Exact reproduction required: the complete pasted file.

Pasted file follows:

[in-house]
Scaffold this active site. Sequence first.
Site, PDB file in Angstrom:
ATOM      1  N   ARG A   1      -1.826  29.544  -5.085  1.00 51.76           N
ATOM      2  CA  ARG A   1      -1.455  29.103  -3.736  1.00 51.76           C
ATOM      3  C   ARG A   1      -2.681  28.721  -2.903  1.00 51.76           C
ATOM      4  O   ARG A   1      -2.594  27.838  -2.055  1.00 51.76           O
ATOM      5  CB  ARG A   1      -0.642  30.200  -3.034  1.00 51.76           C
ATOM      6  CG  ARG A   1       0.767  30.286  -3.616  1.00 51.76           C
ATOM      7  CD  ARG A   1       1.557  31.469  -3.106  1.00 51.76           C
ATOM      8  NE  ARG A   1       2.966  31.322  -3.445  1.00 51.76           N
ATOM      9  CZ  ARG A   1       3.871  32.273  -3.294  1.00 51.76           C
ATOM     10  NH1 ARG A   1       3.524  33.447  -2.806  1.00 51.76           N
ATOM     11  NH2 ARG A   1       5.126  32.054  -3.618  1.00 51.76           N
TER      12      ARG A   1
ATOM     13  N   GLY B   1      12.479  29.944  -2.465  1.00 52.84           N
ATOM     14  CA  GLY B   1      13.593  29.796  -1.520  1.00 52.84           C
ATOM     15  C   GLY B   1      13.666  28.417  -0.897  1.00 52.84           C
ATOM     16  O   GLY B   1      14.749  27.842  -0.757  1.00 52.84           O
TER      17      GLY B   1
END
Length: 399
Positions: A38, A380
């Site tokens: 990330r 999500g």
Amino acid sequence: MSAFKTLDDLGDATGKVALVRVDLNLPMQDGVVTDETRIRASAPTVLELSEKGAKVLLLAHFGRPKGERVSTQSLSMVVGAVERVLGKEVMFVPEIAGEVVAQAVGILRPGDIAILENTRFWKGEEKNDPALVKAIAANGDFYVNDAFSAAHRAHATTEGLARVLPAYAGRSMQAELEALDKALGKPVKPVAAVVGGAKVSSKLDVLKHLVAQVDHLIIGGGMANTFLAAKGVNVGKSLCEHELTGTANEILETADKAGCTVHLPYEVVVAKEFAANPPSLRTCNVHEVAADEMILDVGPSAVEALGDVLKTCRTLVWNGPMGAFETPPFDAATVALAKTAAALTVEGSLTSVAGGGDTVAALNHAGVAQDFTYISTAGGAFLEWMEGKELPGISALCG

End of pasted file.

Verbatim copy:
[in-house]
Scaffold this active site. Sequence first.
Site, PDB file in Angstrom:
ATOM      1  N   ARG A   1      -1.826  29.544  -5.085  1.00 51.76           N
ATOM      2  CA  ARG A   1      -1.455  29.103  -3.736  1.00 51.76           C
ATOM      3  C   ARG A   1      -2.681  28.721  -2.903  1.00 51.76           C
ATOM      4  O   ARG A   1      -2.594  27.838  -2.055  1.00 51.76           O
ATOM      5  CB  ARG A   1      -0.642  30.200  -3.034  1.00 51.76           C
ATOM      6  CG  ARG A   1       0.767  30.286  -3.616  1.00 51.76           C
ATOM      7  CD  ARG A   1       1.557  31.469  -3.106  1.00 51.76           C
ATOM      8  NE  ARG A   1       2.966  31.322  -3.445  1.00 51.76           N
ATOM      9  CZ  ARG A   1       3.871  32.273  -3.294  1.00 51.76           C
ATOM     10  NH1 ARG A   1       3.524  33.447  -2.806  1.00 51.76           N
ATOM     11  NH2 ARG A   1       5.126  32.054  -3.618  1.00 51.76           N
TER      12      ARG A   1
ATOM     13  N   GLY B   1      12.479  29.944  -2.465  1.00 52.84           N
ATOM     14  CA  GLY B   1      13.593  29.796  -1.520  1.00 52.84           C
ATOM     15  C   GLY B   1      13.666  28.417  -0.897  1.00 52.84           C
ATOM     16  O   GLY B   1      14.749  27.842  -0.757  1.00 52.84           O
TER      17      GLY B   1
END
Length: 399
Positions: A38, A380
């Site tokens: 990330r 999500g």
Amino acid sequence: MSAFKTLDDLGDATGKVALVRVDLNLPMQDGVVTDETRIRASAPTVLELSEKGAKVLLLAHFGRPKGERVSTQSLSMVVGAVERVLGKEVMFVPEIAGEVVAQAVGILRPGDIAILENTRFWKGEEKNDPALVKAIAANGDFYVNDAFSAAHRAHATTEGLARVLPAYAGRSMQAELEALDKALGKPVKPVAAVVGGAKVSSKLDVLKHLVAQVDHLIIGGGMANTFLAAKGVNVGKSLCEHELTGTANEILETADKAGCTVHLPYEVVVAKEFAANPPSLRTCNVHEVAADEMILDVGPSAVEALGDVLKTCRTLVWNGPMGAFETPPFDAATVALAKTAAALTVEGSLTSVAGGGDTVAALNHAGVAQDFTYISTAGGAFLEWMEGKELPGISALCG